Before I continue, let me say that both of these players are incredibly talented and absolute physical freaks relative to NFL standards. But they aren’t 100% similar athletes. Simply put: if you’re looking at their combine numbers on the surface, Hunter is a better athlete than Patterson. That’s one check in the “Justin Hunter is a better wide receiver than Cordarrelle Patterson” box.
Comparing Their Rookie Seasons
Now we’ll take a brief look at Justin Hunter and Cordarrelle Patterson’s 2013 statistics and see how they stack up side-by-side.
It’s important to keep in mind that, like most rookie receivers, both Hunter and Patterson didn't play a ton in their first season as pros. In fact, Justin Hunter was on the field for the Titans only 36.4% of the time last year. However, his snap count increased in the latter half of the season - from Weeks 9 to 17, Hunter played 50% of offensive snaps (he was inactive Week 15).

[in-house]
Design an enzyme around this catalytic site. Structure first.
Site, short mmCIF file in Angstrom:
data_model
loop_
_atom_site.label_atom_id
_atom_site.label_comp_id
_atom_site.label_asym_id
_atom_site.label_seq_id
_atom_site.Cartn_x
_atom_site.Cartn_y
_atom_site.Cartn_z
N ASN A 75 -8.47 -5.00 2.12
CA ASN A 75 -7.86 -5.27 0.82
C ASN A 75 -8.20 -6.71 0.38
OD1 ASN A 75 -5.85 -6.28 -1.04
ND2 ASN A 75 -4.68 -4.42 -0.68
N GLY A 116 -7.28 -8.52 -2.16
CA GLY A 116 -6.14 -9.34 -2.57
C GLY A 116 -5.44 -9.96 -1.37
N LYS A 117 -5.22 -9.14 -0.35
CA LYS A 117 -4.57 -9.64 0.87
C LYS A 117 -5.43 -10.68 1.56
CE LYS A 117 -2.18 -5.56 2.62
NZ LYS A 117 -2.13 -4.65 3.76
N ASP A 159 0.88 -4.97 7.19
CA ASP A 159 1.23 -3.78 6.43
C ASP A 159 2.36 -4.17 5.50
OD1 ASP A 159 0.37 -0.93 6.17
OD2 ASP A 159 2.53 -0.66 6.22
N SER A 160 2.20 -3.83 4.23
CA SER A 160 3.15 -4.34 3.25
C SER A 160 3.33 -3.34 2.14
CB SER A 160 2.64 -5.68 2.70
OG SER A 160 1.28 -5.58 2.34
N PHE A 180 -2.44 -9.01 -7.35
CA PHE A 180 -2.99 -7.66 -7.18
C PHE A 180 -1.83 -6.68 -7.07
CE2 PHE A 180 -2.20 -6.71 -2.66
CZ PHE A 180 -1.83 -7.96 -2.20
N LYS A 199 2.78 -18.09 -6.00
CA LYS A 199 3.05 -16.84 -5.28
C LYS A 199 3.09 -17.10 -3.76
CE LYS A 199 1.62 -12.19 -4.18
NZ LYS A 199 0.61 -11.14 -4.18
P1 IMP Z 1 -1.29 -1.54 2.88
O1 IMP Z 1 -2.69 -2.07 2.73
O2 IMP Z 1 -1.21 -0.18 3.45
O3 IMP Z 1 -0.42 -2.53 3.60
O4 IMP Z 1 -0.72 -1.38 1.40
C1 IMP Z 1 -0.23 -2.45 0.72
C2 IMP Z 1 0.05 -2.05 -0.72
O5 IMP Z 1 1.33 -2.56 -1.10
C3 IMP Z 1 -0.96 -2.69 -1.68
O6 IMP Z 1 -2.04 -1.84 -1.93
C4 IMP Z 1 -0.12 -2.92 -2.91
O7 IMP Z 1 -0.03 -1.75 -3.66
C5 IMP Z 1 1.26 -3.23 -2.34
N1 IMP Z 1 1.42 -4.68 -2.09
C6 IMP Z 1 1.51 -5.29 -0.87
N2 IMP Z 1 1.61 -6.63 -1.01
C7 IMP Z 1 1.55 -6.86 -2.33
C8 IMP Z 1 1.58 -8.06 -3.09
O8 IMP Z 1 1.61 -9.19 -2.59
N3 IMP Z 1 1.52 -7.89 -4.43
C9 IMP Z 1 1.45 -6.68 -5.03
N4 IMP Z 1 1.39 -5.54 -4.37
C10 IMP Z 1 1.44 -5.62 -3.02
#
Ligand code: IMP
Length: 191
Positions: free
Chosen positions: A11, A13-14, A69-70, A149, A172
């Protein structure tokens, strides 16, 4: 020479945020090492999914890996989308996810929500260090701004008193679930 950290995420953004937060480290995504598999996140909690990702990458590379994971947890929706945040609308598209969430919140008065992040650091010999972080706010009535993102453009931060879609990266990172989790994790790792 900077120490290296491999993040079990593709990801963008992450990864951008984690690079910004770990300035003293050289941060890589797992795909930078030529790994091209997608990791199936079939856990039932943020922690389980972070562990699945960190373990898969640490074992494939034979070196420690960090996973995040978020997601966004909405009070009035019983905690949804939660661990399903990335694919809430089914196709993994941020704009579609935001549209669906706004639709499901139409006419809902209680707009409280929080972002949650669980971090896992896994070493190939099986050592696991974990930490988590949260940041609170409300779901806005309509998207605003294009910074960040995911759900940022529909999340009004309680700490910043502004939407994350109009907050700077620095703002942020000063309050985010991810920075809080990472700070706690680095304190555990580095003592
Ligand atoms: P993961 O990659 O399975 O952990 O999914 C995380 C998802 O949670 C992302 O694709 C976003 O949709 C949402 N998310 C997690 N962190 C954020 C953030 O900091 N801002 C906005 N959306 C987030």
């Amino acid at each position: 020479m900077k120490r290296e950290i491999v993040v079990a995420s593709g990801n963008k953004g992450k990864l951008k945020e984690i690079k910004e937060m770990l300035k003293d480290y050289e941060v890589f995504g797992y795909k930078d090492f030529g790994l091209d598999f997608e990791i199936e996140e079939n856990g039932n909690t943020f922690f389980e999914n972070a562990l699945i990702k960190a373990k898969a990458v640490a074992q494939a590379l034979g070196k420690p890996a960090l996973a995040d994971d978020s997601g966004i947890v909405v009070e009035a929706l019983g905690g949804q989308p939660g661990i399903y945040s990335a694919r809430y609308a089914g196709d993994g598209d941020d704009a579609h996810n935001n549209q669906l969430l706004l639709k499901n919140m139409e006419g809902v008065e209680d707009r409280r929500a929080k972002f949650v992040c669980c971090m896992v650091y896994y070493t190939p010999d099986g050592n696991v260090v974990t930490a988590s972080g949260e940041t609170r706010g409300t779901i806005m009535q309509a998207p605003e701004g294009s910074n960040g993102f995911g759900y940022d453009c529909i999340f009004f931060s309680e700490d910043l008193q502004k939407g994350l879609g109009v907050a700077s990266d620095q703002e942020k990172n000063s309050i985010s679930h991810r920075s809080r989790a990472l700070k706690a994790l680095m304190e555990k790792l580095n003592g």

Meanwhile, Cordarrelle Patterson’s 2013 snap count was very similar, as he was only on the field 42.1% of the time. Like Hunter, Patterson saw an increased snap count in the second half of the season, seeing 55% of offensive snaps. Both wide receivers figure to be on the field a lot more this season.
So you’re probably thinking to yourself, “How is Justin Hunter *better* than Cordarrelle Patterson when Patterson clearly had more receptions, yards, and scored more total fantasy points?” You also may be thinking, “Well, statistically speaking, Cordarrelle Patterson had a better rookie season than Justin Hunter. That’s why he’s being drafted eight rounds ahead of him.” Both of those statements, at face value, are pretty true. But there’s a larger picture we need to look at before we can properly assess Hunter and Patterson’s 2013 and project who will break out this season. That’s where our Net Expected Points metric comes in.